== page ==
Tenleytown: The Ward 3 Aquatic Center, or the Wilson Pool, as everyone will call it, will have a formal opening, complete with Fenty, on Monday, August Third, at 10:30 AM. The Hughes group have put together an inoffensive structure, but it supposedly boasts the capability for daylighting, natural ventilation, and water-loss mitigation, earning it a LEED Silver certification. The pool has been desperately needed since the shoddily built predecessor started falling apart at a more rapid rate in 2003.
Hawthorne, Palisades, Green Acres?: Opposition to sidewalks continues in the hinterlands of DC, where DDOT has been adding the badly needed infrastructure. This time, it’s over in Palisades, on Chain Bridge Road and University Terrace. Roger Lewis and Ward 3 Council member Mary Cheh went on the Kojo Nnamdi show. Lewis shared some interesting history, but it was Cheh that laid down the law, insisting on sidewalks, but also demanding DDOT involve community members more. The two both agreed that the rational need for a network of sidewalks was a no-brainer. Callers disagreed, for some reason, mostly that “they’re not used” and they’ll “ruin the character of the neighborhood.” The panelists offered reasonable responses to the entitled views of opponents.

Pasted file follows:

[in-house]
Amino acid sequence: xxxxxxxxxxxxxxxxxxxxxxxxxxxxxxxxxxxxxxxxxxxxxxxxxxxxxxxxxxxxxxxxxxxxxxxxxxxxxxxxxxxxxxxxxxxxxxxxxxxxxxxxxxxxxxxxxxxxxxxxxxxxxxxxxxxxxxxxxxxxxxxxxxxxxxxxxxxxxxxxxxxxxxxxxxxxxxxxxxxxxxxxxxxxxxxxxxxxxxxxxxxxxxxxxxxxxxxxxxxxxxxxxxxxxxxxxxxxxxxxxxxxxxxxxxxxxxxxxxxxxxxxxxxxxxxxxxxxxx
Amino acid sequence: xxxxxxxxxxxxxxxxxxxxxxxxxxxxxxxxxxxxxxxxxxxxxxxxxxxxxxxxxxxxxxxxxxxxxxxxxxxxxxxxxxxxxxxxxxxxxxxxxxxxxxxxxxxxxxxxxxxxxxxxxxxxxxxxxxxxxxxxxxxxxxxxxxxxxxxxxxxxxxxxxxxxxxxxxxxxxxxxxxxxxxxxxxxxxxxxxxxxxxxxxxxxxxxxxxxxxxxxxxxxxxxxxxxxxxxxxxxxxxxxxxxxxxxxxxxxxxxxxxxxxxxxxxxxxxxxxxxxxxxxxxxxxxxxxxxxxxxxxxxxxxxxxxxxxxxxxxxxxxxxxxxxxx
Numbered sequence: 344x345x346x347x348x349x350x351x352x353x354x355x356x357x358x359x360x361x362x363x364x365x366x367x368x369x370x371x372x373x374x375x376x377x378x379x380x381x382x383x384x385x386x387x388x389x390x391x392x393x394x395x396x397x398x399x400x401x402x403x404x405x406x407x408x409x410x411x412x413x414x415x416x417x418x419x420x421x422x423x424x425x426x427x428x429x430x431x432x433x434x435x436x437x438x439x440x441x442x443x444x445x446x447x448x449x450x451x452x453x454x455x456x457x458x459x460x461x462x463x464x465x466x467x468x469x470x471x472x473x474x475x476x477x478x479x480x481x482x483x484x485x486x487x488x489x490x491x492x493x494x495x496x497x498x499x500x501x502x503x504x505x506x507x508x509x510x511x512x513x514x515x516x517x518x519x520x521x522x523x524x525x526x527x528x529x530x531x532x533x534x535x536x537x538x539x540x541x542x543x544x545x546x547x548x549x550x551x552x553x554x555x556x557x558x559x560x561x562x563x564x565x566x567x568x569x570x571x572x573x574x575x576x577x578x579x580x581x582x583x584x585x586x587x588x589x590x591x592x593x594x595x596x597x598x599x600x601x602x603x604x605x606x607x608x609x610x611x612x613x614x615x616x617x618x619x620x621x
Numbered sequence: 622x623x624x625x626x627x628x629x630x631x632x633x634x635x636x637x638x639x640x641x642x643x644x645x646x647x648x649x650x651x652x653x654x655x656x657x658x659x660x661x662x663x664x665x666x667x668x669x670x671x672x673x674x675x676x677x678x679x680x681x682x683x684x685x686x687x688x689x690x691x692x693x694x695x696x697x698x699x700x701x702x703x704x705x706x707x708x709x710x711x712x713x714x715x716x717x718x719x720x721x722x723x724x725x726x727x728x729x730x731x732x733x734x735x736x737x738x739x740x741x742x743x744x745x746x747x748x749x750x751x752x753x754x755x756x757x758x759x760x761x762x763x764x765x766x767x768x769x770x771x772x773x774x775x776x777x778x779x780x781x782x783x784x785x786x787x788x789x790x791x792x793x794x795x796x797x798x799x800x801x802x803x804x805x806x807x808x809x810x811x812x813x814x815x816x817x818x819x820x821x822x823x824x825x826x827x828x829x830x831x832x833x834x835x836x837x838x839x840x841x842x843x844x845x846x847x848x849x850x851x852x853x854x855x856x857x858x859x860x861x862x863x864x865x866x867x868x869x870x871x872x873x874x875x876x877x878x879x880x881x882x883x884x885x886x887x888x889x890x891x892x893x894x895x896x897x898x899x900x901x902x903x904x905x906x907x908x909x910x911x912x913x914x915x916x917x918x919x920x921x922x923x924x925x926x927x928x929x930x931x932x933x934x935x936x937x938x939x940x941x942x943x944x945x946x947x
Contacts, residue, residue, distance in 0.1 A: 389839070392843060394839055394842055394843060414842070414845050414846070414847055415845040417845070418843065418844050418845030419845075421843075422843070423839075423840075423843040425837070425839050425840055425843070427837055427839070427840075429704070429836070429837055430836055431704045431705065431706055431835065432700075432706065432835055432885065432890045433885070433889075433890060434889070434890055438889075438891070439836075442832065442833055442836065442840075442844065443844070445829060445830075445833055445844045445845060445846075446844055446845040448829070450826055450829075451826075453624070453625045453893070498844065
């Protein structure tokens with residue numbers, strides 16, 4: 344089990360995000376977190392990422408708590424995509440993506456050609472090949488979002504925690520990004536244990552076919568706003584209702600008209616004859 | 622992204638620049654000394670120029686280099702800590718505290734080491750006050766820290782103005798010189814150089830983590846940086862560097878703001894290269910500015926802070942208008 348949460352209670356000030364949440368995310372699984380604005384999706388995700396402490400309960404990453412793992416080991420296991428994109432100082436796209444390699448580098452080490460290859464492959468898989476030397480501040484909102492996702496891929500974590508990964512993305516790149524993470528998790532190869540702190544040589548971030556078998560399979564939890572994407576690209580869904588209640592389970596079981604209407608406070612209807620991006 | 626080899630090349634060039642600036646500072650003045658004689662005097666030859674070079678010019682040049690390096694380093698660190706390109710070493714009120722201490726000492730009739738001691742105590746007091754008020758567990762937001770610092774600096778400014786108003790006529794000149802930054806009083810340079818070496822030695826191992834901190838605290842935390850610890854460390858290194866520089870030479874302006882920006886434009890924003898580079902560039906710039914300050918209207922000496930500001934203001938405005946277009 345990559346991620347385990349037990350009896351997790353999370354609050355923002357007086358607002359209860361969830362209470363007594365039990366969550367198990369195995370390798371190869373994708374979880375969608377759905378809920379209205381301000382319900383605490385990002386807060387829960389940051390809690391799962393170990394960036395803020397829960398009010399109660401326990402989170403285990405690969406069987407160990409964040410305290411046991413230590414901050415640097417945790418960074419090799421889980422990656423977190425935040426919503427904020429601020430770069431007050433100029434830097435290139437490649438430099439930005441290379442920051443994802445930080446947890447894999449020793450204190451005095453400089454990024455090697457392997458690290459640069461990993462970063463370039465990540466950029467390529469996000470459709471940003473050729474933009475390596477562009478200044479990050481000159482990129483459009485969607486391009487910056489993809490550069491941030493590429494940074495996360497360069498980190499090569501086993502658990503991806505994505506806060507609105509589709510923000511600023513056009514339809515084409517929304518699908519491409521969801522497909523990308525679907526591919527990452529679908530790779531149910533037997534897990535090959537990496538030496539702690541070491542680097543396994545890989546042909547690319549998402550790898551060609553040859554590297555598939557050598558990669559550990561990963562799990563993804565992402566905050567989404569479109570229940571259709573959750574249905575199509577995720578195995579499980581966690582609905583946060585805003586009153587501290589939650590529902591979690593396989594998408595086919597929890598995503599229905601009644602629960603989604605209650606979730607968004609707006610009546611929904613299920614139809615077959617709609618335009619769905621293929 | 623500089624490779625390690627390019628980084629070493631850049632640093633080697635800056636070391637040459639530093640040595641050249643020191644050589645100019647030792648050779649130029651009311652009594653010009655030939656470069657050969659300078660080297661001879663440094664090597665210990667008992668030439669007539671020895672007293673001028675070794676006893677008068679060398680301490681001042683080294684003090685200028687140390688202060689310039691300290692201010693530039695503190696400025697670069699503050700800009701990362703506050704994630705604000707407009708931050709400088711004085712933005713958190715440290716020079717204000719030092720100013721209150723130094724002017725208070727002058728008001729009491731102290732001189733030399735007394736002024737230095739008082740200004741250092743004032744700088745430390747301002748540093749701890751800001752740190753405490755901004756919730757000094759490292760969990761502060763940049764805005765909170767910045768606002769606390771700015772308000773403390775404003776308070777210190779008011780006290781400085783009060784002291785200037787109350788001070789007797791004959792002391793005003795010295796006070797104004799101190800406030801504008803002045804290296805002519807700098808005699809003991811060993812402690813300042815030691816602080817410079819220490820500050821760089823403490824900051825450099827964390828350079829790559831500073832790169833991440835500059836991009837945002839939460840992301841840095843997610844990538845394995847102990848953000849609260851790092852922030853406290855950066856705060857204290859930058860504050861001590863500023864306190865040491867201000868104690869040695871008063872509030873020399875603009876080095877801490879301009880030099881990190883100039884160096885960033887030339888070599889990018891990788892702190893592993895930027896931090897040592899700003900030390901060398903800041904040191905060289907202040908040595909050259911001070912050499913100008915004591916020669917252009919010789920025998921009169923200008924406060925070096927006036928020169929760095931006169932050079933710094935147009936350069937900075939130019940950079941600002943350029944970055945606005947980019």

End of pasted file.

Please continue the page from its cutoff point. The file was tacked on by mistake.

However, aside from the Cheh-Lewis lovefest, the two missed some important points, such as the dubious wisdom of low-density, limited-network streets in the middle of the city. One of the callers declared that residing in the area seemed like living in the country, but near the city. That’s just swell, but neither addressed whether having such low density a mere 4 miles from the center of town was a good idea. Also, Nnamdi and Lewis both guiltily admitted to driving on University Terrace routinely. Listen to the conversation, it’s worth some down time.